Who Needs a Heart Transplant, Results and Complications of a Heart Transplant?

who-needs-heart-transplant

A heart transplant is the replacement of the person’s diseased heart with a donor’s healthy heart. The donor generally is the person who has died and whose family has agreed to donate their loved one’s organs.

Herat disease in many people is preventable and treatable with lifestyle changes medication and devices. However for some patients despite all the efforts to treat and reverse the effects of heart disease, heart function worsens, making heart transplantation the best option available. Heart failure occurs when the heart cannot provide adequate blood flow to sustain the body organs, and heart failure is the far most common reason for any individual needing heart transplant. There are other reasons:

  • Congenital conditions
  • Ventricular arrhythmias
  • Severe angina
  • Postoperative complications

Potential Complication after the Heart Transplant

Complications can occur after the surgery, but special complications are associated with transplantation. Your doctor who has done the surgery has many years of experience in recognizing complications and we are aware of most things that can happen. We know how to prevent the complication and how to treat them when they occur. Your main aim is the checking your health, subsequently a healthy lifestyle and taking medications all which is very significant. Some potential complication after the heart transplant include:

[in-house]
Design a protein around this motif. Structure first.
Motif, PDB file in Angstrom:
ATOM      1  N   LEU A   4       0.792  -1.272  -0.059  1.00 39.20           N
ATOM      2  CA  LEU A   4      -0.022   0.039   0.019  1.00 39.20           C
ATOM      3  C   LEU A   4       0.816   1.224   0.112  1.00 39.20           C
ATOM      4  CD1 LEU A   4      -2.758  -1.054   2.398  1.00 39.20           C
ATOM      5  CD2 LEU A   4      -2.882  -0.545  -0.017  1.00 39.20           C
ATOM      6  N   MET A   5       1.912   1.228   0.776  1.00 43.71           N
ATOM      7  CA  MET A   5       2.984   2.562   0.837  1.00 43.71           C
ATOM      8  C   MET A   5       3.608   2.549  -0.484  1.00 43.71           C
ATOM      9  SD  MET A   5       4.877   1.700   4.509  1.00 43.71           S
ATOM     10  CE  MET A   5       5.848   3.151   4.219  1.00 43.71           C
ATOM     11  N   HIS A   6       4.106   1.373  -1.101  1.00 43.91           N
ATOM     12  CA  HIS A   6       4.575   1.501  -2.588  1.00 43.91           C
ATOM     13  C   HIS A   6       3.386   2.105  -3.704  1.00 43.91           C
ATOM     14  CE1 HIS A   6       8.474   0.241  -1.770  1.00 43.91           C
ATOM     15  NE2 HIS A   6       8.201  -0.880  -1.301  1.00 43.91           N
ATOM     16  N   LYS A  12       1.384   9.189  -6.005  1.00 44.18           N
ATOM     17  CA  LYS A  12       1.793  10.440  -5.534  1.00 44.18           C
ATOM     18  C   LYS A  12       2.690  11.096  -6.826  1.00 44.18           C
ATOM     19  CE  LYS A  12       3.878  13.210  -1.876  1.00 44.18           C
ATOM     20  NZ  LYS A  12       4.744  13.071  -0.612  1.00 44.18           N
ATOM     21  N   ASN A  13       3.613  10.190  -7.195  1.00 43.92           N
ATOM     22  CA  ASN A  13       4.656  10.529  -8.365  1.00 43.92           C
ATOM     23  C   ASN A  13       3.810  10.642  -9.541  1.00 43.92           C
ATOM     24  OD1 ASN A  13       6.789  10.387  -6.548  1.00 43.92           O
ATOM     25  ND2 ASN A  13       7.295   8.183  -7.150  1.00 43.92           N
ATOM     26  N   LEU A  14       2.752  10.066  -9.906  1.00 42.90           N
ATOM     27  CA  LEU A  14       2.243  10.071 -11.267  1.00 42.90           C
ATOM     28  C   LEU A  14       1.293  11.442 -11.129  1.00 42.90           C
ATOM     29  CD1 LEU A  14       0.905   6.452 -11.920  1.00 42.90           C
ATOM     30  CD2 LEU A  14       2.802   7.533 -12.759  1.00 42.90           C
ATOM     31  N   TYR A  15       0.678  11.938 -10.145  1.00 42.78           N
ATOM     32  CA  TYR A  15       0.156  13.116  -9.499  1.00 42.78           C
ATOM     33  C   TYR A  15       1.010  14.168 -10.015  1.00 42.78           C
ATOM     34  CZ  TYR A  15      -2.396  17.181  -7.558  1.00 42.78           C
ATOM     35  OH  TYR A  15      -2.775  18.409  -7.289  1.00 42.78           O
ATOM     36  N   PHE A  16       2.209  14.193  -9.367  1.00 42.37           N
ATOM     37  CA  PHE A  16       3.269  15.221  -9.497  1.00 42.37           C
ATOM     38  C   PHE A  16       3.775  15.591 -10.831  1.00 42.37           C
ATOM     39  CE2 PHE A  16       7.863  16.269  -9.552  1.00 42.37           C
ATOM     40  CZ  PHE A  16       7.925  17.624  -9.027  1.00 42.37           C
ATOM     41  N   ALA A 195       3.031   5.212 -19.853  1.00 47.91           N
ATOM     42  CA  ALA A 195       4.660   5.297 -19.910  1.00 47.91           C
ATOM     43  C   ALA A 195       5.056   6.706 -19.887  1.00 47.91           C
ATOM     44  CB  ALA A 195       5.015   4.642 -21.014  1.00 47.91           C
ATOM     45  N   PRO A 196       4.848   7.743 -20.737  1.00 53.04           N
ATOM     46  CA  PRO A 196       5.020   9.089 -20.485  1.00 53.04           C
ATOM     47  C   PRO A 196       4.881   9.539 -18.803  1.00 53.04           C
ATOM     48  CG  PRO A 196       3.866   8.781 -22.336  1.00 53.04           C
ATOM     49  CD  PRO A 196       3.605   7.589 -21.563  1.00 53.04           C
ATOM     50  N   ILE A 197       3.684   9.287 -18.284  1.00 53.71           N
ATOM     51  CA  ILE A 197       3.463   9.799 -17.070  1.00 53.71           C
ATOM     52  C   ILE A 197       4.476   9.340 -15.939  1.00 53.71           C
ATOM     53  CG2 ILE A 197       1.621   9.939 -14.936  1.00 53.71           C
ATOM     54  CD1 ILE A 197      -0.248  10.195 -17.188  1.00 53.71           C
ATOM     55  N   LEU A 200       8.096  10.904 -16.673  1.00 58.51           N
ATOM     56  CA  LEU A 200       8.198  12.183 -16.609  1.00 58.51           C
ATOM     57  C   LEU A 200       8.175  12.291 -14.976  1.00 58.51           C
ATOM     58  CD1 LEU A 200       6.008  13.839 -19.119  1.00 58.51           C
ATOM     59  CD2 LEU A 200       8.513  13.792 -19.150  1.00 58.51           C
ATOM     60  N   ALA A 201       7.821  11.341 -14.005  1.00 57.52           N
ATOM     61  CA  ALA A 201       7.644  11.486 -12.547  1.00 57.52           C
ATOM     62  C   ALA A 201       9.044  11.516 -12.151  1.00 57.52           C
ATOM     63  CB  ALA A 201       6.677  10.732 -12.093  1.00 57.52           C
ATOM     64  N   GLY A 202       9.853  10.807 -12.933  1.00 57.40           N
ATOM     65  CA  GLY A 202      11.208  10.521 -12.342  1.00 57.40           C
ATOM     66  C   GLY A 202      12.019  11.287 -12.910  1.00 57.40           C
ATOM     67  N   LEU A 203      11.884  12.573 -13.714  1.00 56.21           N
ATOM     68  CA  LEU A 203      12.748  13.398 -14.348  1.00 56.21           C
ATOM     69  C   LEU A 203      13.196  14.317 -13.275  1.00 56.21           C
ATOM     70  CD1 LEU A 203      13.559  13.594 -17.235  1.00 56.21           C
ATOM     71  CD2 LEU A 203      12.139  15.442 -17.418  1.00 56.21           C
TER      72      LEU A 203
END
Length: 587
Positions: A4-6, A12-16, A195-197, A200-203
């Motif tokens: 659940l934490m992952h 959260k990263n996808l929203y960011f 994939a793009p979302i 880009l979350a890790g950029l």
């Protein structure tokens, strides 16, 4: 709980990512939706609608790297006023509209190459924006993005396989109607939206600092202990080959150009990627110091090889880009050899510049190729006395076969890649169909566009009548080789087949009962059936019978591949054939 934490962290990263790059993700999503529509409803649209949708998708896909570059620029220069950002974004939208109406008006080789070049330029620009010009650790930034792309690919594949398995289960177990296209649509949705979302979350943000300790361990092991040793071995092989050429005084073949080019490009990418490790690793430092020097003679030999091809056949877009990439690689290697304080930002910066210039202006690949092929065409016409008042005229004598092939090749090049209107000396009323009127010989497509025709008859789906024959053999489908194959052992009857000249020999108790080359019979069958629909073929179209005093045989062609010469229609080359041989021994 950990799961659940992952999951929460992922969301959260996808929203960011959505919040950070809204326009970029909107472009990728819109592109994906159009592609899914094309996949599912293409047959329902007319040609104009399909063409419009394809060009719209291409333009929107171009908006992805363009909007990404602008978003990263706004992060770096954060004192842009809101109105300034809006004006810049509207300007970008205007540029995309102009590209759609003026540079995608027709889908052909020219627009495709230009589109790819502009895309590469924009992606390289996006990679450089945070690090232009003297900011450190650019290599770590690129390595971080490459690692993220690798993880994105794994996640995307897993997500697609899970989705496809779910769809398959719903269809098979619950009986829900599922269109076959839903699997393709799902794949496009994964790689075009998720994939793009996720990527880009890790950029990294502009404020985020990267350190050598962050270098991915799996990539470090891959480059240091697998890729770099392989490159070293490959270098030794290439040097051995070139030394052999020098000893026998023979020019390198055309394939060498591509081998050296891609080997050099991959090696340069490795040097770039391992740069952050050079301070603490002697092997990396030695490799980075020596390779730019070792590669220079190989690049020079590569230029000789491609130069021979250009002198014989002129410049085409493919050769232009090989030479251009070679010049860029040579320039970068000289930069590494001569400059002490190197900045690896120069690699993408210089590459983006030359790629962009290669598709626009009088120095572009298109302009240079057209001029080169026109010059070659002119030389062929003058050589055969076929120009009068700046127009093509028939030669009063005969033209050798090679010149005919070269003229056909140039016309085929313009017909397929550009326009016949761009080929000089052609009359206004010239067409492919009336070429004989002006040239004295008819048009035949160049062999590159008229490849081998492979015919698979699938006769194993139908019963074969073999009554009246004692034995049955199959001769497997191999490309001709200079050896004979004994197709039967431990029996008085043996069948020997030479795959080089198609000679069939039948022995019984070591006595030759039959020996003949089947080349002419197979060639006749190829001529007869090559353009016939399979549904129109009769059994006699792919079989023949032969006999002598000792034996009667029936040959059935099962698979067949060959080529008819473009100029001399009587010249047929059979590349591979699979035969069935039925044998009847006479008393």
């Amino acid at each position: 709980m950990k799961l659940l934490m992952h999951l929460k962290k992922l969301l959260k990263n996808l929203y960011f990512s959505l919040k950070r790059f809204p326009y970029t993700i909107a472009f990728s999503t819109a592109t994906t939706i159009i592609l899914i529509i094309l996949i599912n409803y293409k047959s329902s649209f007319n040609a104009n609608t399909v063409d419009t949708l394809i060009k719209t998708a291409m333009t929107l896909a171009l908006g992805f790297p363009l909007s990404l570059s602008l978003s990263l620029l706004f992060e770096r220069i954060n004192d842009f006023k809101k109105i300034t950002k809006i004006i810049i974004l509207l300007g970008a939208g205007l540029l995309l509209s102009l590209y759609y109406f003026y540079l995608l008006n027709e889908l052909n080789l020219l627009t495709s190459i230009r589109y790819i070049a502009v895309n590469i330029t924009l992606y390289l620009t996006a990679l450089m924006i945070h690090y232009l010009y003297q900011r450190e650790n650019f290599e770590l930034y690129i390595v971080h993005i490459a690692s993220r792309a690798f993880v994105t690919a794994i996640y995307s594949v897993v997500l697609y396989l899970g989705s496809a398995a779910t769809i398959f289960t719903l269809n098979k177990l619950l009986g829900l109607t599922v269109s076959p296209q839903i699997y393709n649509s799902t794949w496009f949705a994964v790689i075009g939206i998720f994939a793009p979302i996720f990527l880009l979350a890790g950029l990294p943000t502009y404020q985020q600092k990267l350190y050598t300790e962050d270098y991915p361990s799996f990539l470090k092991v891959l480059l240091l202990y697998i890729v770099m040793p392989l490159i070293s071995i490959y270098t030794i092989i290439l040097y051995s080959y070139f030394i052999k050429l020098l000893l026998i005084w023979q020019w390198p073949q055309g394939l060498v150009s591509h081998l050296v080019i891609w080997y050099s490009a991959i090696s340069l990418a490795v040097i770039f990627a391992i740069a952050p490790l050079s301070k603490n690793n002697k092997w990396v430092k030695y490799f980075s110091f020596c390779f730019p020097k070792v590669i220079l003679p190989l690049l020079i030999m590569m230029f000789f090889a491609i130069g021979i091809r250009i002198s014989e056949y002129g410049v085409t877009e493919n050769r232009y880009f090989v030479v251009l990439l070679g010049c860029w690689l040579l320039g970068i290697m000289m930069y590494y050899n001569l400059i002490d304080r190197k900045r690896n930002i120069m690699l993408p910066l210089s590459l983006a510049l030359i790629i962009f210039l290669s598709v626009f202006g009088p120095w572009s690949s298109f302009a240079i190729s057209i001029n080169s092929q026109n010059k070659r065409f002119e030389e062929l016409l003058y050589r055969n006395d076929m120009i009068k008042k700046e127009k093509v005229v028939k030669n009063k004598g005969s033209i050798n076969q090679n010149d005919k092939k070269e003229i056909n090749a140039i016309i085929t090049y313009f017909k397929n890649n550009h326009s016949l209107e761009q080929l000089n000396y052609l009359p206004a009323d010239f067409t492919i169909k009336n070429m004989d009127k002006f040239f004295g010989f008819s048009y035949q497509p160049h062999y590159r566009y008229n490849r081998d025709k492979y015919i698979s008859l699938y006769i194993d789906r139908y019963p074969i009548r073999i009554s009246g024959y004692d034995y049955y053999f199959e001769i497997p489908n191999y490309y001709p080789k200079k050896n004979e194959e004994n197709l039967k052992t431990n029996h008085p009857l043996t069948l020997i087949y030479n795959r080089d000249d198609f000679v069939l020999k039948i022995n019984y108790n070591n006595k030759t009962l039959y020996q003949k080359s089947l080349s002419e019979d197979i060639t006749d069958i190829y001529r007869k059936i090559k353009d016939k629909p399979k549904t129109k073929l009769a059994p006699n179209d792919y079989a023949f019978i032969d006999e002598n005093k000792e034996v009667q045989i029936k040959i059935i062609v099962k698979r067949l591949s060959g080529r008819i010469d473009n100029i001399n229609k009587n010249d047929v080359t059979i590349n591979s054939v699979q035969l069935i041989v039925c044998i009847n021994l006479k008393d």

• Organ rejection

Unfortunately, new heart, is a foreign and your immune system treats it the same as it would a bacteria or a virus. A negative response in your body’s attempt to protect you by attacking a strange protein that has entered your body. Currently, the only way to diagnose the rejection is by heart biopsy. A routine biopsy is ordered by the transplant cardiologist.

  • Infection

You may have a reduced ability to fight off an infection the way you used to have. However, you can minimize this infection by restricting contact to infection, being aware of the symptoms and seeking treatment immediately.

  • Graft coronary artery disease

Graft coronary artery disease which causes blockage of the heart is the leading cause of death after the first year of a heart transplant. You can help prevent this condition by taking your regular medication and heart health practices. This includes controlling blood pressure and weight, maintaining a low-cholesterol diet and doing the necessary exercise.

  • High blood pressure or hypertension

If you are patients of a high blood pressure before the transplant, you may have it afterward due to anti-rejection medication. Fortunately, there is a variety of medication available that can help you to control your high blood pressure condition.

  • Diabetes

Diabetes can be a side effect of some of the new anti-rejection medications. Everyone’s blood sugar is different and sometimes also unpredictable. Especially this is true with heart failure. The disease progression and medication used to treat the disease can cause blood sugar to run higher or lower than usual.